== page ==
There are many great use cases for Apache Hadoop, the open source framework for scalable, reliable, and distributed computing on commodity hardware built around Hadoop Distributed File System and MapReduce, such as delivering search engine results, sequencing genomes, and indexing entire libraries of text, but the Million Monkeys Project by Jesse Anderson may be the easiest to understand and the most fun.
The project was inspired by the Infinite Monkey Theorem which, in the simplest and most popular terms, states that a million monkeys with a million typewriters will, by randomly hitting the keys, eventually recreate the works of Shakespeare. The idea is that, though at any given instance the chance of a monkey typing a sonnet is essentially zero, with infinite instances it becomes almost certain. Anderson wanted to try this for himself but he didn’t have a million monkeys, a million typewriters, and infinite time and resources, so instead he used his home computer, Amazon’s Elastic Compute Cloud, and Hadoop to achieve the same results.
Anderson first generated a million virtual monkeys on Amazon’s EC2, which were really pseudo random number generators that would provide strings of 9 random characters. Anderson had to find a very efficient and reliable pseudo random number generator because at that scale, creating the strings was one of the most computationally expensive steps in the process, and he eventually settled on Sean Luke’s Mersenne Twister. Next, he compared the generated string to the entirety of Shakespeare’s work and, if he found the string anywhere, he would mark it in almost real time, creating what he calls “performance art with monkeys and computers.” Comparing a 9 character string with every continuous set of 9 letters in all of William Shakespeare’s 38 works is no small task, and Anderson used a Bloom Filter to reduce CPU usage by 20-30%. A Bloom Filter works by creating a hash of the monkey’s string and comparing it to a file with all of the hashes and offsets of Shakespeare. Since hashes are shorter and simpler than the strings, this goes much faster but, because more than one string can result in a given hash, just because the hashes match doesn’t mean the strings will. If a match is found, the strings are then compared character by character.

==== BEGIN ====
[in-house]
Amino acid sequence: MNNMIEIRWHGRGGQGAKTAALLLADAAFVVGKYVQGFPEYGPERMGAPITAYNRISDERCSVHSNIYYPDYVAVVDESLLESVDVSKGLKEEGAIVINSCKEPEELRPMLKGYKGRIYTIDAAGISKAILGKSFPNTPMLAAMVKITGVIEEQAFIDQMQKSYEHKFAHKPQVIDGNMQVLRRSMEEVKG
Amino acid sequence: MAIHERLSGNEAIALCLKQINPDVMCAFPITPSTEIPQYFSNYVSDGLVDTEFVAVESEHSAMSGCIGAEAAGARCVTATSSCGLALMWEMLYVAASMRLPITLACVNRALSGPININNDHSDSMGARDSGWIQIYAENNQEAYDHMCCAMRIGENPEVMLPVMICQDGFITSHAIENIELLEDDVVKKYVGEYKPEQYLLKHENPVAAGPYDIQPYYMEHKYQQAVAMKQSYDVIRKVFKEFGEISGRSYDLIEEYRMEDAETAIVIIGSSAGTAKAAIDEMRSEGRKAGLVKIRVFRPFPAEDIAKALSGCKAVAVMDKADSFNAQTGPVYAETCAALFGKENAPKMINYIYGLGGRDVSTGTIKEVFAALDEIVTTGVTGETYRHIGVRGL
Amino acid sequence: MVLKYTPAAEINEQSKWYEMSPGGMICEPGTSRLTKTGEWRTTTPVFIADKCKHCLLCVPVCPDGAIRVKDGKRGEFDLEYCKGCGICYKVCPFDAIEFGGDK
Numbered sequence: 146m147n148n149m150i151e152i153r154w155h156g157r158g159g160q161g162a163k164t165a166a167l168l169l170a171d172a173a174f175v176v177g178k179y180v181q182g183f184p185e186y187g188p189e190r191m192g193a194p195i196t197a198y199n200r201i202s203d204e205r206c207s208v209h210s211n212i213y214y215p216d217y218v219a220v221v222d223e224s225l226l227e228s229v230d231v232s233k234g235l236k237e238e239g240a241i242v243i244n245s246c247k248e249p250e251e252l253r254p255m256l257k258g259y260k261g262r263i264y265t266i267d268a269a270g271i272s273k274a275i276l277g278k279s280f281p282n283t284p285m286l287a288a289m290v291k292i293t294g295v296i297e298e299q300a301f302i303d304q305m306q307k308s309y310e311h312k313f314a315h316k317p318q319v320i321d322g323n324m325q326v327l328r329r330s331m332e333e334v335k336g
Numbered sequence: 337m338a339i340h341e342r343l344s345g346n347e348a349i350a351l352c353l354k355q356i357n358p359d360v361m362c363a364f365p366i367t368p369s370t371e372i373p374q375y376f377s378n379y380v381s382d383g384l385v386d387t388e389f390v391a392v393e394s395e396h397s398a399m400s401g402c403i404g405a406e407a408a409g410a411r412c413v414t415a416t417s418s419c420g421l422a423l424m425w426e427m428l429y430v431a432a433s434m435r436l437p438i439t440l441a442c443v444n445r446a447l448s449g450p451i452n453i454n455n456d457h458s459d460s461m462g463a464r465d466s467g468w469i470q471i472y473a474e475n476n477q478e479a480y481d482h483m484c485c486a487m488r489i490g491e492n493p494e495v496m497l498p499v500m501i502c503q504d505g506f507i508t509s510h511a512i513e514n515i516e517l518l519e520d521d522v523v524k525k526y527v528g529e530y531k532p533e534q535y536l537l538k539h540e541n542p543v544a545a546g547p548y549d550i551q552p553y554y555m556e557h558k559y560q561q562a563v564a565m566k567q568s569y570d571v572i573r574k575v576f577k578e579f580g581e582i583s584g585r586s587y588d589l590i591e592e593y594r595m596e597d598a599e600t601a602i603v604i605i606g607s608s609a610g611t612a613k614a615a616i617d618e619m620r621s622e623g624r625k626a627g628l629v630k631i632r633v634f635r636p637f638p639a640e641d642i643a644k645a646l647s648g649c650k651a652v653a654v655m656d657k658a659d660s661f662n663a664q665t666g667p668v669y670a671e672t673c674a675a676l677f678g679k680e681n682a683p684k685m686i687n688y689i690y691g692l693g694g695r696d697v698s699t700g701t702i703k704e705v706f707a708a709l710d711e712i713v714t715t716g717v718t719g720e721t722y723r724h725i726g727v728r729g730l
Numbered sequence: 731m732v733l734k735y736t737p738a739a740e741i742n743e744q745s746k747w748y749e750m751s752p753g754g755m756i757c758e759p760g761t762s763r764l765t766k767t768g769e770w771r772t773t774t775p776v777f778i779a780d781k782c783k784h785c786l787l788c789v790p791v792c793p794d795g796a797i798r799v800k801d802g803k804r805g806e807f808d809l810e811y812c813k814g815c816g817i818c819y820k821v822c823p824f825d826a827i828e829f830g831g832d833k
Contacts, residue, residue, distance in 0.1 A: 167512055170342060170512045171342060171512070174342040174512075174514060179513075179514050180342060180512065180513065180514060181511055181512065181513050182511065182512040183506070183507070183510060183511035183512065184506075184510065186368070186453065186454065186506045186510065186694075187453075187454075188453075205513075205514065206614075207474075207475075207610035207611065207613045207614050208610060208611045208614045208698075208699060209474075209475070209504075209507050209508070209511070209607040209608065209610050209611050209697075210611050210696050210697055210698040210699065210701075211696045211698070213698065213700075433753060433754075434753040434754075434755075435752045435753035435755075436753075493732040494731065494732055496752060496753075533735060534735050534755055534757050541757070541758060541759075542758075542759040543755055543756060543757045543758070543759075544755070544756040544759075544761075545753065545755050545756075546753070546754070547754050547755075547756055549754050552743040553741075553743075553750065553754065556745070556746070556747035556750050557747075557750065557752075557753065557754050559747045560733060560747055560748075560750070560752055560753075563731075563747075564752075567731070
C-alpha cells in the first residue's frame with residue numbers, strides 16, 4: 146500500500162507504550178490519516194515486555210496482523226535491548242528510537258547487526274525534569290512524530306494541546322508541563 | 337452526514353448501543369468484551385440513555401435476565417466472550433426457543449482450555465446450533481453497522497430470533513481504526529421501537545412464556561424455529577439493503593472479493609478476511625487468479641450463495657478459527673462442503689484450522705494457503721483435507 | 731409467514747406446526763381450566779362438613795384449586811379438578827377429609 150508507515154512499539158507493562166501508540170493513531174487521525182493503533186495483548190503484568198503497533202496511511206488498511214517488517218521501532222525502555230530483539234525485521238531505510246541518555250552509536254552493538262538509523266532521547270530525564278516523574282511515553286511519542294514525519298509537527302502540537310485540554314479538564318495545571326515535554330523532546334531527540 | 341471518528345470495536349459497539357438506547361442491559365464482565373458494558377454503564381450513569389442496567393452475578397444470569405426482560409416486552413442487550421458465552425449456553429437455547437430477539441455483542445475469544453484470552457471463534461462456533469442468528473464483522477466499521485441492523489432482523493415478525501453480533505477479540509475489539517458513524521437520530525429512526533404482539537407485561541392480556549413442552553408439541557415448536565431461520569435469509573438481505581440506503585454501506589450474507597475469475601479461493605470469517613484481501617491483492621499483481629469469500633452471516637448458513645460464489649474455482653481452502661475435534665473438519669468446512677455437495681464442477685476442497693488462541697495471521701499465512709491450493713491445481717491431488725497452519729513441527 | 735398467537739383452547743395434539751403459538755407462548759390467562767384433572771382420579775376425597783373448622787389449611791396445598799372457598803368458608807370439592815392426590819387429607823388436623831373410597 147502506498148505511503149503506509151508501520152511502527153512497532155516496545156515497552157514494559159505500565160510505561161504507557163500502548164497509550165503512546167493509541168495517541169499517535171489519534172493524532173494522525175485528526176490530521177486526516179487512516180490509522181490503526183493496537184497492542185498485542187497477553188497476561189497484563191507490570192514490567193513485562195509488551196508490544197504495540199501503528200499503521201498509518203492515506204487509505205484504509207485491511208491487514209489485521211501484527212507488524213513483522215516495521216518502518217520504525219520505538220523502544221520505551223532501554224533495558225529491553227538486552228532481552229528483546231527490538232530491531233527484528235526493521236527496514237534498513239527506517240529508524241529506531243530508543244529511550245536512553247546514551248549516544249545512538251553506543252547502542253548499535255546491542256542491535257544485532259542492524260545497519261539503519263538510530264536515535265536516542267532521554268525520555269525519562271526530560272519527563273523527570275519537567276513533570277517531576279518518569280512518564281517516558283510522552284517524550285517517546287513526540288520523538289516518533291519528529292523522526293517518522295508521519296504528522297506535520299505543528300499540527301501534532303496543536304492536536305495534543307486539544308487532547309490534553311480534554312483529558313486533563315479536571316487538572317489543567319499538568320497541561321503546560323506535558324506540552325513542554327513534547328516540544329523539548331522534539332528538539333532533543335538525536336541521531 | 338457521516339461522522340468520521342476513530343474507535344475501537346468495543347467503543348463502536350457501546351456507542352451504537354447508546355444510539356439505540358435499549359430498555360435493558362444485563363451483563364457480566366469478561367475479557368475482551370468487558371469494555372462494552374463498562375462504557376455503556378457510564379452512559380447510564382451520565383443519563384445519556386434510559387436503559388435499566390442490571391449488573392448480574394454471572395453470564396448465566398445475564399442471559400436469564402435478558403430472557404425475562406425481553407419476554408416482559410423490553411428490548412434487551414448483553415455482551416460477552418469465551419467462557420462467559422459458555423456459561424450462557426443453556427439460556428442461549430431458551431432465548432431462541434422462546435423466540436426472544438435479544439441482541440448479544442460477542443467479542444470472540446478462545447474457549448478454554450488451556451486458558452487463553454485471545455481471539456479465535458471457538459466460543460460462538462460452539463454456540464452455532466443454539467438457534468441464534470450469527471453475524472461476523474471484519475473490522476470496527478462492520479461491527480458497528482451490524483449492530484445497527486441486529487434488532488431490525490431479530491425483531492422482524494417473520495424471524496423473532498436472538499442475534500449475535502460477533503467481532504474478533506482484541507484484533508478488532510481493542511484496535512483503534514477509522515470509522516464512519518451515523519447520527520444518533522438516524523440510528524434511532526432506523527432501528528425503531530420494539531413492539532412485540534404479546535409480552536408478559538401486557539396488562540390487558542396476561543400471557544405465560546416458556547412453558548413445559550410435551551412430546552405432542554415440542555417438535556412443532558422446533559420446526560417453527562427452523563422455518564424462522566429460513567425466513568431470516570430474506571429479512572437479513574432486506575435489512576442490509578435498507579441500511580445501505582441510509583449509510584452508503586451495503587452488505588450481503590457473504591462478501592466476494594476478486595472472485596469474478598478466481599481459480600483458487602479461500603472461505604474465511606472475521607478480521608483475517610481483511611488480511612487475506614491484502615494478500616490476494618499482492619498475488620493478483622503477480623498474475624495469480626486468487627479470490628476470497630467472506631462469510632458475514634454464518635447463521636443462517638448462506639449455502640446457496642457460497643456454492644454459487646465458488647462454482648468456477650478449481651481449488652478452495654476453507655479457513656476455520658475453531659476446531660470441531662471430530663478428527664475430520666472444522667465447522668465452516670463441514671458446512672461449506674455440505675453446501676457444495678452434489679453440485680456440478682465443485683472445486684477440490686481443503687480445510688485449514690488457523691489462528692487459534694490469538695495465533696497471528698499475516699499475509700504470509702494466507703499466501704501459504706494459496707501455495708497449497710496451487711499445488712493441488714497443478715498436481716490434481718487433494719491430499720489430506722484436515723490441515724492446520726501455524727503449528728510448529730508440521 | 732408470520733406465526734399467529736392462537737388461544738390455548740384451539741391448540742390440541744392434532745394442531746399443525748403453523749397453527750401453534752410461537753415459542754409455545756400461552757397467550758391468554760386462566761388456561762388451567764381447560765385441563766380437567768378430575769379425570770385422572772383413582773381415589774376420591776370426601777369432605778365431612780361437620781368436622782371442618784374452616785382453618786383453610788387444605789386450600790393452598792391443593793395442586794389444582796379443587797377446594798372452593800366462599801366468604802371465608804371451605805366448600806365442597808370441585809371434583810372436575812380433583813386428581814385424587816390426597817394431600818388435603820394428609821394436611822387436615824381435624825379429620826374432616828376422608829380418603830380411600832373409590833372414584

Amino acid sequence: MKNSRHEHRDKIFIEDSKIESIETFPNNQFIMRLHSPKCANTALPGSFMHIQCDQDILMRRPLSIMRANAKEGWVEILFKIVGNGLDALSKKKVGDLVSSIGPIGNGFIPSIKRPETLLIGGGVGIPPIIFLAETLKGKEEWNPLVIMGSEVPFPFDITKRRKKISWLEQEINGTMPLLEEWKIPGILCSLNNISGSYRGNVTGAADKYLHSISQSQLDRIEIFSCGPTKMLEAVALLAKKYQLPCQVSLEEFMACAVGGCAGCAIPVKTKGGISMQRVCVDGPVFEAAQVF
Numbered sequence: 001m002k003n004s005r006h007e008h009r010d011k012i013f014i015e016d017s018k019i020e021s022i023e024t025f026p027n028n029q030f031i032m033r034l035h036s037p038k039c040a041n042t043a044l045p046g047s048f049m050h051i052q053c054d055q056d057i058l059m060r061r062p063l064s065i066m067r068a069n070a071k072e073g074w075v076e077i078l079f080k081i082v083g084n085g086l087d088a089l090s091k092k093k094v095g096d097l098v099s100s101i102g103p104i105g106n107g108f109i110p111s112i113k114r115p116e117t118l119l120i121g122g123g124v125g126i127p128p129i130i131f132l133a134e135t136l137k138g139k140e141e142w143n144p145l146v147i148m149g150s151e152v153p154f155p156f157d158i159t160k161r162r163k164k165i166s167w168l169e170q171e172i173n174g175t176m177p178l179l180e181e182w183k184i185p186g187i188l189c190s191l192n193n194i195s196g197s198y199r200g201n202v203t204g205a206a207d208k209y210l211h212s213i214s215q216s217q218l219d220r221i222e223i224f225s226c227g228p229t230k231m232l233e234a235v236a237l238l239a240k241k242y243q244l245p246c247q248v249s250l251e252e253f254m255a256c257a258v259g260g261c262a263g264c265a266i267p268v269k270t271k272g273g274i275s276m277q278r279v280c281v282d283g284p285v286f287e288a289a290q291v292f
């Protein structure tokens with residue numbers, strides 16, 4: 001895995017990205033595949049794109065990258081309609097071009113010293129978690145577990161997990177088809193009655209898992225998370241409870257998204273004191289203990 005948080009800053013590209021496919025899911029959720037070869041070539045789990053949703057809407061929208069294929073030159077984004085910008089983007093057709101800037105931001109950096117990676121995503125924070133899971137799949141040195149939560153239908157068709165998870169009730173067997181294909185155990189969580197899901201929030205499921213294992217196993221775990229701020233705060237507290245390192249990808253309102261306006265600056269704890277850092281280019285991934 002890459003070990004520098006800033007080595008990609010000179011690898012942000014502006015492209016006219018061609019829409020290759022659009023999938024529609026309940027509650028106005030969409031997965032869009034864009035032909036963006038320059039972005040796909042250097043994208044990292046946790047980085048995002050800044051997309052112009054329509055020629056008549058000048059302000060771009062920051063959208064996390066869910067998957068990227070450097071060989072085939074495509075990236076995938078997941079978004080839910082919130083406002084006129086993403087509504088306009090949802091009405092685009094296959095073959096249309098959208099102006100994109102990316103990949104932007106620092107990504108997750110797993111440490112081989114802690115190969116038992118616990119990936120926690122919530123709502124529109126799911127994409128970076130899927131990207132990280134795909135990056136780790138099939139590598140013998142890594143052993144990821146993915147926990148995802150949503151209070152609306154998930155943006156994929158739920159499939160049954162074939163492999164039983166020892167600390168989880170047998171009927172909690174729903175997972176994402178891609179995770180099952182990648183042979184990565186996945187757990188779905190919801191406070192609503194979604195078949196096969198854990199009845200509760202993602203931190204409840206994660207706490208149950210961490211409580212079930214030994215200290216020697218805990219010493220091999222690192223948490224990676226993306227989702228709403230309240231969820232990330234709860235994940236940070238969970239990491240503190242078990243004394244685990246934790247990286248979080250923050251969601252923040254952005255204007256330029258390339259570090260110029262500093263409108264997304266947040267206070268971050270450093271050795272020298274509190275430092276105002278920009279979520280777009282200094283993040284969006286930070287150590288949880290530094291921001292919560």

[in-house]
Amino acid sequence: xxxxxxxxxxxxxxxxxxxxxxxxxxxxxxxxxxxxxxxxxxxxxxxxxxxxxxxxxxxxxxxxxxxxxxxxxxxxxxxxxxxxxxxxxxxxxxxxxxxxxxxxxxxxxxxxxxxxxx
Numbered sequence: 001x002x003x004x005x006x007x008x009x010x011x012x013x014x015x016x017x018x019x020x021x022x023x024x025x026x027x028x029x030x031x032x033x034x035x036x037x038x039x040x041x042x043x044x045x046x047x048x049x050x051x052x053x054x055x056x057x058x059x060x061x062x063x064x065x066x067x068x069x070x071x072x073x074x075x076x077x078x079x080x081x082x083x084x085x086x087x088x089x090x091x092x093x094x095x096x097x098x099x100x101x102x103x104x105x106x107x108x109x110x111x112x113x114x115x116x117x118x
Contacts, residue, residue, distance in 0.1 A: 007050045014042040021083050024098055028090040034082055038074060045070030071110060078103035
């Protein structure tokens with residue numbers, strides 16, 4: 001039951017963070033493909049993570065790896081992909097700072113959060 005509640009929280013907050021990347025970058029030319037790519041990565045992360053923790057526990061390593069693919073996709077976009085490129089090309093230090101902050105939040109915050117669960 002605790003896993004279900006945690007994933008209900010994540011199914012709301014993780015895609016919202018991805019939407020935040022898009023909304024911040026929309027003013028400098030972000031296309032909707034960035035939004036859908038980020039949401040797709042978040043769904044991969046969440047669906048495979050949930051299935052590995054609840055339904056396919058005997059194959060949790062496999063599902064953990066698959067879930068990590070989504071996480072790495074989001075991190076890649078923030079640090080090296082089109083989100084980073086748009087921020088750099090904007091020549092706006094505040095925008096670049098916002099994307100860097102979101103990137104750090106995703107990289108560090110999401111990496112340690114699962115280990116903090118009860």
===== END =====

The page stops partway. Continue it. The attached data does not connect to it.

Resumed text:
The project took 1.5 months, generated 7.5 trillion character groups, and checked them against 5.5 trillion (5,429,503,678,976) possible combinations. The project was concluded on October 6 when the last work, The Taming Of The Shrew, was completed. Normally, such a massive task would be out of the reach of one man without a team of computer scientists and supercomputers, but because Hadoop was able to break the overwhelming job into little segments running in parallel on servers in Amazon’s cloud, Jesse Anderson managed to do it himself on commodity hardware. Though the Million Monkeys Project was mostly for fun, it shares many similarities to other serious use cases for Hadoop. DNA sequencing, for example, involves matching short reads of a few dozen pairs to a full genome of millions or billions. of pairs Just like with the monkeys, the job gets much more manageable when broken down into smaller segments and, since commodity hardware and open source software spare research budgets, Hadoop has become a dominant tool in the sequencing community.